Leon Byner: You know one of the sad stories is that there are people out there who are parents who, when they send their young children to school, the kids don’t have breakfast; or maybe they’re not even clothed properly; or they might not even had a wash which is extraordinary. You kind of wonder what you do about people like this because we know that, for example, there are a lot of fantastic community programs now where communities of businesses, meet places and restaurants put in to give kids breakfast. But now we find that more students are arriving at school late, dressed inappropriately or are unable to concentrate because they haven’t had breakfast.
Now the one problem with all this is the less people are prepared to look after their children, the more the Government has got to step in. Then people accuse the Government of interfering in their lives. But you can’t have it both ways can you?. But I thought it would be very appropriate to talk to the Senator that’s really looking at this. He’s the Education Minister Simon Birmingham. Simon good morning and thanks for joining us.
Simon Birmingham: Good morning Leon and good morning to all of your listeners.
Leon Byner: Simon, what do we do about the parents of young children who send their kids to school in a way that’s really not right. What do we do?
Simon Birmingham: Well Leon you’re right, it is a real concern when children are sent to school late without having had a good night’s sleep, without having had a decent breakfast, without all of the fundamentals that are essential to children being able to successfully engage in school during the day and of course learn and make the most of their schooling experience. And there’s a real message out of our latest national census of children in their first year of school – which is surveyed around 300,000 children across the nation – is that we do need to expect more of parents. We do need to make sure they understand what their responsibilities are as parents to help their children because we’ve made some really good inroads in recent years in terms of boosting the language skills and cognitive skills of children which is obviously a dividend from our record investment in areas of early learning and child care services. But that home environment is still critical and all important and that’s where we need to see a real turnaround in some quarters.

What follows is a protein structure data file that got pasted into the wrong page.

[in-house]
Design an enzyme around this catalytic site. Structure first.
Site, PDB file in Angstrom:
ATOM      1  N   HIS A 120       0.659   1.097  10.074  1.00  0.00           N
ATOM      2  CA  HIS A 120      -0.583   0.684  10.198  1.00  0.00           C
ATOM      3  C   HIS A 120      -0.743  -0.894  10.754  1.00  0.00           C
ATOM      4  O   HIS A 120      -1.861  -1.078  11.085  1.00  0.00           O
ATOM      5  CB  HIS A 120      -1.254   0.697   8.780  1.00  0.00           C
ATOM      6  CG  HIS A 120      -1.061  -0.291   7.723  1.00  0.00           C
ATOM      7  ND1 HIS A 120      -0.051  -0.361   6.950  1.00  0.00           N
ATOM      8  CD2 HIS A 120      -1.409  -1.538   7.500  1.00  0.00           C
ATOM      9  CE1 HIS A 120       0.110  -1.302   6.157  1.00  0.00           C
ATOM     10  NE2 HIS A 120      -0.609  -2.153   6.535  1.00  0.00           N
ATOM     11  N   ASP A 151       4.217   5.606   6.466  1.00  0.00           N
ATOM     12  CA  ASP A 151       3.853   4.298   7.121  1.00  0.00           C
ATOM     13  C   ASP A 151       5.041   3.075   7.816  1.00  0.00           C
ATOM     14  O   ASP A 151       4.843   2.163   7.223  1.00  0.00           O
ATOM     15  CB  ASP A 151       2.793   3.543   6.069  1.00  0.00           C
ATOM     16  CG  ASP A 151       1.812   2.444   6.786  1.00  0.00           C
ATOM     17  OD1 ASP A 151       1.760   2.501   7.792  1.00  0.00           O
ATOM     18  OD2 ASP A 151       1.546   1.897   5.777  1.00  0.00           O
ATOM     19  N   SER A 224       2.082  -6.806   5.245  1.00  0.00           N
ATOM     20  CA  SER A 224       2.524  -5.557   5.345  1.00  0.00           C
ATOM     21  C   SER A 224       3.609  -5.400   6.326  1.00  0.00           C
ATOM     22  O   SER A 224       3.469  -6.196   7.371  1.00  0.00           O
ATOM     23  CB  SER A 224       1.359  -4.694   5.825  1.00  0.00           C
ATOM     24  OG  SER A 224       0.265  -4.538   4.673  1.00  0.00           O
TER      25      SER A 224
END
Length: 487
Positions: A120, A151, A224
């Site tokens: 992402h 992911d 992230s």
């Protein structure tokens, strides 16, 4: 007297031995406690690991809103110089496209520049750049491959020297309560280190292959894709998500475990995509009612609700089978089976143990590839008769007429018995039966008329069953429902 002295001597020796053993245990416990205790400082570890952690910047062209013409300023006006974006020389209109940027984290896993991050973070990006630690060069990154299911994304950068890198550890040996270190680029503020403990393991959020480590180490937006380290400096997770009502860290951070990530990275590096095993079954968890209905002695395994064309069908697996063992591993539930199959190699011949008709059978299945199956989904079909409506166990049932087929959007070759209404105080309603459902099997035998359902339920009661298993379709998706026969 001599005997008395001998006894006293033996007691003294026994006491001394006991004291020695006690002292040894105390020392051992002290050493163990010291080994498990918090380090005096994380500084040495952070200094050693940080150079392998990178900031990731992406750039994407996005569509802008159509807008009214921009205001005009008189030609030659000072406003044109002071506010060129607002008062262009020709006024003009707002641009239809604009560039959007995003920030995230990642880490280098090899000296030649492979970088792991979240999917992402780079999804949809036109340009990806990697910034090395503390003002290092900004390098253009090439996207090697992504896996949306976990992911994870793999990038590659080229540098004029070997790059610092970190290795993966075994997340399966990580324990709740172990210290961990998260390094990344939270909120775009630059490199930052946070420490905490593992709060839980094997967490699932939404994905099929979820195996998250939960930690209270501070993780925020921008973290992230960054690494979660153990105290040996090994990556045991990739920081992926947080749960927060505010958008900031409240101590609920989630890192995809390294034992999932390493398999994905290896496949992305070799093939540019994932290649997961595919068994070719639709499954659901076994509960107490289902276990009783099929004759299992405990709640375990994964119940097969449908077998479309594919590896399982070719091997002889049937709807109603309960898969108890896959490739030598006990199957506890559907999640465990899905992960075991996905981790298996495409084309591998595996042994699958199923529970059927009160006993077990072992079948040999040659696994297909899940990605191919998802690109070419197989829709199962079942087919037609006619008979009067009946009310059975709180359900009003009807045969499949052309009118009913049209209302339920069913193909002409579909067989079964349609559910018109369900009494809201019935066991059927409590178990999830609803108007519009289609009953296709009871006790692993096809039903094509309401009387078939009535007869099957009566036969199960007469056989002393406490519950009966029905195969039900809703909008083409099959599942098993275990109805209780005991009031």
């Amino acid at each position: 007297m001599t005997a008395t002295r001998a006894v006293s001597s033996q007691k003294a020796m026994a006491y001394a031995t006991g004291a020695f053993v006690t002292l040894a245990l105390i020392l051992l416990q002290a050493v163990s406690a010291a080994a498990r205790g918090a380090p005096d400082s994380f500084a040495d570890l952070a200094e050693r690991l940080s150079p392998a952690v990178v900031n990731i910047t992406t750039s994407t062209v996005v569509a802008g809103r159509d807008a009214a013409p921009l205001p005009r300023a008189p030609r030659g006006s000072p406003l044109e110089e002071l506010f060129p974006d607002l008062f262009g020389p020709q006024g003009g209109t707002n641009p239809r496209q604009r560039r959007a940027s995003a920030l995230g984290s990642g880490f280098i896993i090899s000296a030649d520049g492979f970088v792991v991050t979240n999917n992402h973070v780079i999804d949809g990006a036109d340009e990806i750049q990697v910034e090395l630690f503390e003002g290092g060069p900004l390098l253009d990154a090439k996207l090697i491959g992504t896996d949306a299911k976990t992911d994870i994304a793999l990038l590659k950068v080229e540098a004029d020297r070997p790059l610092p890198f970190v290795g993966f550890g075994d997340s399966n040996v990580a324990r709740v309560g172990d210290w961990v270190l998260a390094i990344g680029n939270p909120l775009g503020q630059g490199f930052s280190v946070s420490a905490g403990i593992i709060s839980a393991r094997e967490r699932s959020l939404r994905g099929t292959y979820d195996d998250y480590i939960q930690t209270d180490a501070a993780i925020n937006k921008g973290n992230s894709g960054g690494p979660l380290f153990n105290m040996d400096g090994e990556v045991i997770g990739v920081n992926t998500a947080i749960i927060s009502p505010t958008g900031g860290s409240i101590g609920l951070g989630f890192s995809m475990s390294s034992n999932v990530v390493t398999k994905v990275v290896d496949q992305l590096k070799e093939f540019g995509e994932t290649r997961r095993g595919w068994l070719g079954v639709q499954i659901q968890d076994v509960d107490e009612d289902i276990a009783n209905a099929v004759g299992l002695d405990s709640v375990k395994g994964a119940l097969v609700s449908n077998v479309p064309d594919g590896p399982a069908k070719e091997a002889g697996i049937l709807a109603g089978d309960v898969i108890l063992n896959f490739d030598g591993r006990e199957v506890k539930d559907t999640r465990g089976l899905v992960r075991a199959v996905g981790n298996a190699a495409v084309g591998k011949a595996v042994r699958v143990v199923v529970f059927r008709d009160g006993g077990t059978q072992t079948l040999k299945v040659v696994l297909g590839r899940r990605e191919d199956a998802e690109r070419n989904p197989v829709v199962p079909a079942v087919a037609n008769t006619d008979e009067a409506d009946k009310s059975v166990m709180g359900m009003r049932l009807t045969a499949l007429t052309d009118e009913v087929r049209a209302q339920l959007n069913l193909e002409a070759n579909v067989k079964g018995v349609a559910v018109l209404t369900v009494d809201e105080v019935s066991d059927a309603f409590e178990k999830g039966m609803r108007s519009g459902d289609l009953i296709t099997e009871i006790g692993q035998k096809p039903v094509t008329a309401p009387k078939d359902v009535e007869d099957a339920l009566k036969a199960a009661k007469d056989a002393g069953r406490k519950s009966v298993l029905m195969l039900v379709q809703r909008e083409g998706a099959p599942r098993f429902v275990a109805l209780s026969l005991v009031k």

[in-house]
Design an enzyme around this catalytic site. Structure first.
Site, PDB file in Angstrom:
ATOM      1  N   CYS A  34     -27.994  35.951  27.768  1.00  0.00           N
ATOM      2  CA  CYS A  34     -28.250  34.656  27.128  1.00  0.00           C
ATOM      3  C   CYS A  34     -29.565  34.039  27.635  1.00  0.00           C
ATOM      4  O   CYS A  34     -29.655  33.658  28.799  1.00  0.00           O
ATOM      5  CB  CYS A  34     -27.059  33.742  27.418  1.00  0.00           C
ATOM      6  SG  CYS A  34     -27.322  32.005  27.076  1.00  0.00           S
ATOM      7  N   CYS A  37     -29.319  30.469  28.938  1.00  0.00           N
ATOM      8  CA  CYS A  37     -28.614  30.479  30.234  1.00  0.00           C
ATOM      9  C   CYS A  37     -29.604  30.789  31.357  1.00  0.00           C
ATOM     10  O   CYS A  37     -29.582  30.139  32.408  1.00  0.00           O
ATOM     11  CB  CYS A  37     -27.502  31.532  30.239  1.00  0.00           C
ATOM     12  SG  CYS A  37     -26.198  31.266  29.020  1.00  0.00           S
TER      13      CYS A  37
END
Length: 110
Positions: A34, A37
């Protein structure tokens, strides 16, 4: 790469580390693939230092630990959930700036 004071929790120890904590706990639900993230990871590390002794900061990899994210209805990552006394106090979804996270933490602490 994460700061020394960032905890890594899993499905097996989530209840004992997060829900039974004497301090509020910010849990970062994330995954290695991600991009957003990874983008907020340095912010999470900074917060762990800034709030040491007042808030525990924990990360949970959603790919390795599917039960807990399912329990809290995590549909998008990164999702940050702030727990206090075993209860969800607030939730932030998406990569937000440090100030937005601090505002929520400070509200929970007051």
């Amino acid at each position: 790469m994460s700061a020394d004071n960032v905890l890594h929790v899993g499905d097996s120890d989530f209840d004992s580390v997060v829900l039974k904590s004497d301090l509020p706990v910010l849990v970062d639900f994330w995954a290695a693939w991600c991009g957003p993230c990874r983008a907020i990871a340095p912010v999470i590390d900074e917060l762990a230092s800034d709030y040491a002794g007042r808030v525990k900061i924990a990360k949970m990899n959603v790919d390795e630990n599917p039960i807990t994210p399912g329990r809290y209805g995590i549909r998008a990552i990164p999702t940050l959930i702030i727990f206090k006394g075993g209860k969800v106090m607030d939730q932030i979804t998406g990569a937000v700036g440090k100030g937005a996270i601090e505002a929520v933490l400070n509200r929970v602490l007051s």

Leon Byner: Let’s take a typical hypothetical scenario, but it’s probably real for some families, where he or she comes to school and is inappropriately dressed, hasn’t been given breakfast, a few other things, what does the school or kindergarten reception do, what would you have them do?
Simon Birmingham: Well there are some schools that are doing wonderful things in this space, not just in terms of some of the programs that you highlighted of giving children a nutritious breakfast when they get to school if they haven’t had one already…
Leon Byner: Sure.
Simon Birmingham: …or helping children with other personal difficulties, but there are other schools that are now integrating not just pre-school services but also child care services and health services on the school site. And this morning to launch this latest national census data I’m heading out to the John Hartley School at Smithfield Plains, which is a school that has taken the data from the previous couple of censuses that occurred in 2009 and 2012 and applied it in the way in which they’re working in their school environment. So from the earlier stages, from birth essentially, they are creating an integrated learning environment and real support that helps set those expectations for parents. They may have had very poor parenting themselves and might really need to have their hand held through what the rest of us would take for granted as being the absolute basics in looking after your kids.